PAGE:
Professor of Art History and Visual Culture Ann Elias reflected on an image of an advertisement for ‘sustainable furniture’, illuminating how stereotypical, symbolic representations of stable climates – sun hitting blue water on a sandy beach (an idealised image of summer), and pristine environments – depict climate as stable and largely static, aesthetic backdrops that aid the selling of consumer goods.

Images of stable climates and pristine environments trigger emotional states in consumers. In advertising, representations of climate help sell products. These images, and the environmental rhetoric they inspire, are put to use in increasingly intricate ways. As Professor Christopher Wright from the Sydney Business School reflected, images of climate are key actors in Green Capitalism and are central to corporate greenwashing strategies.

These images highlighted how in contemporary, industrialised societies, images of climate have become central to the language we use to communicate ideas about climate. Further to this, these stereotypical images of climate highlight the ways in which images of climate dangerously reinforce and drive the nature/culture binary.

Beyond the stereotypical, radical and revolutionary images and approaches emerged. Dr Jennifer Ferng and Dr Daniel Ryan highlighted the work of Kevin O’Brien, whose Finding Country project uses fire as an imaginative device to reveal Country, asking participants to consider the obligations and connections to Country within cities.

Kevin O'Brien, 'Finding Country: Radical Practice,' 2018, University of Sydney, Sydney. Image courtesy of Tin Sheds Gallery, University of Sydney. Used with permission of Kevin O'Brien.

Associate Professor Kurt Iveson from the School of Geosciences reflected on the binary between density vs sprawl and the need to push beyond it. Focusing on images that give us insight into planning future cities – with climate in mind – he reflected on the Google images of ‘sustainable development’ and ‘unsustainable density’ that have become familiar to us over time.

Furthering an exploration of urban landscapes and climate, Dr Jamie Wang, a researcher from the department of Gender and Cultural studies, presented images of Supertree Grove in Singapore, a collection of 50-metre-high trees with winding observation decks, that embody a future climatic imaginary. These images were further reflected in the images from Solarpunk3 texts that I presented – the utopic images of a future in which the problems the climate crisis engenders have been solved. I asked how images of Solarpunk futures might subvert current climatic and social imaginaries and how they might inform transition to new, just, climatic, and social imaginaries.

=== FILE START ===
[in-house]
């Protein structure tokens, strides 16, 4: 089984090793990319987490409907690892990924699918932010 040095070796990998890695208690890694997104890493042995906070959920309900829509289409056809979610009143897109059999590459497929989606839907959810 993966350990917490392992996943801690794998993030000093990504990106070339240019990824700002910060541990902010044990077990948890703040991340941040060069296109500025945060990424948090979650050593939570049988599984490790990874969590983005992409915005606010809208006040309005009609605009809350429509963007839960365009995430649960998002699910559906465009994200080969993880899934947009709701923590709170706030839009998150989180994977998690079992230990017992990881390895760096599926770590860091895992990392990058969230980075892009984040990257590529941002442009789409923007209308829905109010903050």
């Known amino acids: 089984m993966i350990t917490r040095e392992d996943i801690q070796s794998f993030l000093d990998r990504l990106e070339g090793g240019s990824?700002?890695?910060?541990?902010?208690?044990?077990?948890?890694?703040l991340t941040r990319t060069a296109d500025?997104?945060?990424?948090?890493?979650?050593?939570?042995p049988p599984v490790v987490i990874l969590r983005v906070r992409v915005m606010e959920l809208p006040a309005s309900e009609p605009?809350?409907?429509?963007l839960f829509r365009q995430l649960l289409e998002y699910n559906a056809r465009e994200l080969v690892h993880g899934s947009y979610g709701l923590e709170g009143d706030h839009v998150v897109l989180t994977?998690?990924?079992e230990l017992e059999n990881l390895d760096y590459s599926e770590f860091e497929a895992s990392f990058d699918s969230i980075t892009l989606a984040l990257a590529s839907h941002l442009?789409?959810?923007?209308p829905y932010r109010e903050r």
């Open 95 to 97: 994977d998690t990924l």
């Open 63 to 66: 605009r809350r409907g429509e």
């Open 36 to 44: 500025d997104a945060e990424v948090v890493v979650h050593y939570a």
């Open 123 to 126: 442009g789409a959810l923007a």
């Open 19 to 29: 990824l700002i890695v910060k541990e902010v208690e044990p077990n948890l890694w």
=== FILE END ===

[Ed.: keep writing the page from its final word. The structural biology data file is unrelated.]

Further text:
The images that sociologist Dr Blanche Verlie reflected on brought us to the here and now. Verlie reflected on images of lived experiences of being stuck inside, contending with mould during a La Niña summer. These images highlighted that, contrary to apocalyptic climate fictions and films, that often default to depicting climate change as apocalyptic, acutely, and suddenly felt, climate change, for some, is, and can be experienced as slow and frustrating, boring even.

Finally, Professor Dirk Hovorka presented a blank image that reflected how, in his discipline of Business Information Systems, the ‘environment’ is usually completely absent, noting that, “only in a very small domain of ‘Green IS’ is any aspect of the natural world visible.” He highlighted a central problem as he explored the manner in which tech companies and those working in Business Information Systems often present the natural world as a tabula rasa that humans can create, manage, and control in any way people like, explaining that technology is granted God-like powers to alleviate any crisis.

Over the course of the workshop, we reflected on the power and importance of visual literacy and attending, more closely, to the images that powerfully shape the worlds we inhabit. Fundamental to generating new climatic and social imaginaries is better understanding the dominant imaginaries that have led to and currently perpetuate the climate crisis.

Images constitute imaginaries, and they can be seen as portals into them. The Drawing Climate workshop illuminated that reflecting on images of climate can assist researchers from multiple disciplines in gaining critical insights into the dominant social and climatic imaginaries of our time.

1. Charles Taylor, Modern Social Imaginaries (North Carolina: Duke University Press, 2003), 23.

2. Jennifer Ferng and Daniel Ryan, Drawing Climate: Visualising Invisible Elements of Architecture, (Basel: Birkhäuser, 2021).

3. Solarpunk is an emergent genre of fiction and an art movement that is driven by the following questions: what does a just ecological future look and feel like? And what steps do we need to take to get there?

Freya Grace MacDonald is a Doctoral Fellow at SEI and a PhD candidate in the Department of English at The University of Syndey. She is a research assistant engaged with projects in SEI's environmental storytelling and environmental imaginaries research cluster. And her interdisciplinary PhD research elucidates and explores the relationship between Environmental Imaginaries and Contemporary Environmental Fiction in Australia in the wake of the 2019/2020 Black Summer Bushfires. Follow her on Twitter.

Header image: Landscape with mountains and a lake and a dried desert via Shutterstock, ID: 2113527779.